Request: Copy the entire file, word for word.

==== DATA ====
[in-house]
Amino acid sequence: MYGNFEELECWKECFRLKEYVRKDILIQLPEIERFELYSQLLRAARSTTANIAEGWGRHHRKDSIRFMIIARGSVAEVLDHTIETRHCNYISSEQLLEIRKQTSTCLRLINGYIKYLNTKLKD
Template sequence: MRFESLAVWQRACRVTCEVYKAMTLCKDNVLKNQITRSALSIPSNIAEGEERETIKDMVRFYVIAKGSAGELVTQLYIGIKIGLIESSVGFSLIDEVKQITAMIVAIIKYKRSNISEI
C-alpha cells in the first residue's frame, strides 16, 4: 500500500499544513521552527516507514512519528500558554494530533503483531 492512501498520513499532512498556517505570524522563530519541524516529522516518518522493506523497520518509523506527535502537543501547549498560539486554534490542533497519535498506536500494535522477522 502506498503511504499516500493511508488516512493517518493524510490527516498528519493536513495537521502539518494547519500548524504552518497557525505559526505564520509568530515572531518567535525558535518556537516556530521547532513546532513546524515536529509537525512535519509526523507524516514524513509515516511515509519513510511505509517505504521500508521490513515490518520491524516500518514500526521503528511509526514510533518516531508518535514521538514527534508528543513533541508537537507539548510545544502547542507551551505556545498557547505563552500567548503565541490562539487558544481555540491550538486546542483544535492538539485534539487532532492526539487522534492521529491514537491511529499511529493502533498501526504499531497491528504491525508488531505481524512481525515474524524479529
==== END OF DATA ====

[in-house]
Amino acid sequence: MYGNFEELECWKECFRLKEYVRKDILIQLPEIERFELYSQLLRAARSTTANIAEGWGRHHRKDSIRFMIIARGSVAEVLDHTIETRHCNYISSEQLLEIRKQTSTCLRLINGYIKYLNTKLKD
Template sequence: MRFESLAVWQRACRVTCEVYKAMTLCKDNVLKNQITRSALSIPSNIAEGEERETIKDMVRFYVIAKGSAGELVTQLYIGIKIGLIESSVGFSLIDEVKQITAMIVAIIKYKRSNISEI
C-alpha cells in the first residue's frame, strides 16, 4: 500500500499544513521552527516507514512519528500558554494530533503483531 492512501498520513499532512498556517505570524522563530519541524516529522516518518522493506523497520518509523506527535502537543501547549498560539486554534490542533497519535498506536500494535522477522 502506498503511504499516500493511508488516512493517518493524510490527516498528519493536513495537521502539518494547519500548524504552518497557525505559526505564520509568530515572531518567535525558535518556537516556530521547532513546532513546524515536529509537525512535519509526523507524516514524513509515516511515509519513510511505509517505504521500508521490513515490518520491524516500518514500526521503528511509526514510533518516531508518535514521538514527534508528543513533541508537537507539548510545544502547542507551551505556545498557547505563552500567548503565541490562539487558544481555540491550538486546542483544535492538539485534539487532532492526539487522534492521529491514537491511529499511529493502533498501526504499531497491528504491525508488531505481524512481525515474524524479529